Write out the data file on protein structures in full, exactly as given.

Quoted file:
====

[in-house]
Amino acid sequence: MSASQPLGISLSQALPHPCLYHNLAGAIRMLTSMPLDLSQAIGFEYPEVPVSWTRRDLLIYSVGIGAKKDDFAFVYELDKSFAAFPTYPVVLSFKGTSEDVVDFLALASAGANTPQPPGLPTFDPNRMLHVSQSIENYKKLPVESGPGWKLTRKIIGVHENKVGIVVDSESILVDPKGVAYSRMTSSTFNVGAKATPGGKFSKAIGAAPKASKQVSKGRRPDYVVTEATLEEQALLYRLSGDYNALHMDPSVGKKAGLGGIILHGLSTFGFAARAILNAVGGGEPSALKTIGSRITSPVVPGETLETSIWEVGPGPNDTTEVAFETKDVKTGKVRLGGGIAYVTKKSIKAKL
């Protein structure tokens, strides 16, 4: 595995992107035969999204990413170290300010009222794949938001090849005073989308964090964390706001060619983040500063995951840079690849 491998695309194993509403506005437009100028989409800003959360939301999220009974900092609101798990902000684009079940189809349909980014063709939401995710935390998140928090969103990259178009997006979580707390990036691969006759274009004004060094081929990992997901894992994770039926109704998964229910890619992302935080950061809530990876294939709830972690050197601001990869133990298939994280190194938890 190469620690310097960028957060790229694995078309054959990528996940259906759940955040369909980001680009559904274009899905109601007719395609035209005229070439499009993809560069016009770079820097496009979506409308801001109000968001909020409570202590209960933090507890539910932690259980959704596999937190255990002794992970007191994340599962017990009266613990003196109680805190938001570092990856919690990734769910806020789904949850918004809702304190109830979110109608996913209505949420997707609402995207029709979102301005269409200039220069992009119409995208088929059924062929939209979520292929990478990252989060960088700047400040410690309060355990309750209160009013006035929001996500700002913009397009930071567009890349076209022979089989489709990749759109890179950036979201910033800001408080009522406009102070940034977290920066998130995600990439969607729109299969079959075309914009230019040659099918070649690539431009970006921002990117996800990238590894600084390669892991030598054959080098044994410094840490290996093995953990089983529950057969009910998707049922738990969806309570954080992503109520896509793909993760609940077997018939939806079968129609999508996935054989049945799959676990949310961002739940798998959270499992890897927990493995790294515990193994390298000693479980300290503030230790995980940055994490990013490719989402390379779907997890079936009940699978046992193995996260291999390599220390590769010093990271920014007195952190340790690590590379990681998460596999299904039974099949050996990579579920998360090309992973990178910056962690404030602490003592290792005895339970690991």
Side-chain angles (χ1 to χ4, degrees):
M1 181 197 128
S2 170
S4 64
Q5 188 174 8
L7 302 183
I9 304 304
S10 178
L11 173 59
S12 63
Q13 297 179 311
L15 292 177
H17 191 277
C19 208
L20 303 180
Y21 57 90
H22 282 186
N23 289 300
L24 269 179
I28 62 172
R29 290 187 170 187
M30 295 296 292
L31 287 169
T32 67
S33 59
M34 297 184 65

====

[in-house]
Amino acid sequence: MSASQPLGISLSQALPHPCLYHNLAGAIRMLTSMPLDLSQAIGFEYPEVPVSWTRRDLLIYSVGIGAKKDDFAFVYELDKSFAAFPTYPVVLSFKGTSEDVVDFLALASAGANTPQPPGLPTFDPNRMLHVSQSIENYKKLPVESGPGWKLTRKIIGVHENKVGIVVDSESILVDPKGVAYSRMTSSTFNVGAKATPGGKFSKAIGAAPKASKQVSKGRRPDYVVTEATLEEQALLYRLSGDYNALHMDPSVGKKAGLGGIILHGLSTFGFAARAILNAVGGGEPSALKTIGSRITSPVVPGETLETSIWEVGPGPNDTTEVAFETKDVKTGKVRLGGGIAYVTKKSIKAKL
């Protein structure tokens, strides 16, 4: 595995992107035969999204990413170290300010009222794949938001090849005073989308964090964390706001060619983040500063995951840079690849 491998695309194993509403506005437009100028989409800003959360939301999220009974900092609101798990902000684009079940189809349909980014063709939401995710935390998140928090969103990259178009997006979580707390990036691969006759274009004004060094081929990992997901894992994770039926109704998964229910890619992302935080950061809530990876294939709830972690050197601001990869133990298939994280190194938890 190469620690310097960028957060790229694995078309054959990528996940259906759940955040369909980001680009559904274009899905109601007719395609035209005229070439499009993809560069016009770079820097496009979506409308801001109000968001909020409570202590209960933090507890539910932690259980959704596999937190255990002794992970007191994340599962017990009266613990003196109680805190938001570092990856919690990734769910806020789904949850918004809702304190109830979110109608996913209505949420997707609402995207029709979102301005269409200039220069992009119409995208088929059924062929939209979520292929990478990252989060960088700047400040410690309060355990309750209160009013006035929001996500700002913009397009930071567009890349076209022979089989489709990749759109890179950036979201910033800001408080009522406009102070940034977290920066998130995600990439969607729109299969079959075309914009230019040659099918070649690539431009970006921002990117996800990238590894600084390669892991030598054959080098044994410094840490290996093995953990089983529950057969009910998707049922738990969806309570954080992503109520896509793909993760609940077997018939939806079968129609999508996935054989049945799959676990949310961002739940798998959270499992890897927990493995790294515990193994390298000693479980300290503030230790995980940055994490990013490719989402390379779907997890079936009940699978046992193995996260291999390599220390590769010093990271920014007195952190340790690590590379990681998460596999299904039974099949050996990579579920998360090309992973990178910056962690404030602490003592290792005895339970690991």
Side-chain angles (χ1 to χ4, degrees):
M1 181 197 128
S2 170
S4 64
Q5 188 174 8
L7 302 183
I9 304 304
S10 178
L11 173 59
S12 63
Q13 297 179 311
L15 292 177
H17 191 277
C19 208
L20 303 180
Y21 57 90
H22 282 186
N23 289 300
L24 269 179
I28 62 172
R29 290 187 170 187
M30 295 296 292
L31 287 169
T32 67
S33 59
M34 297 184 65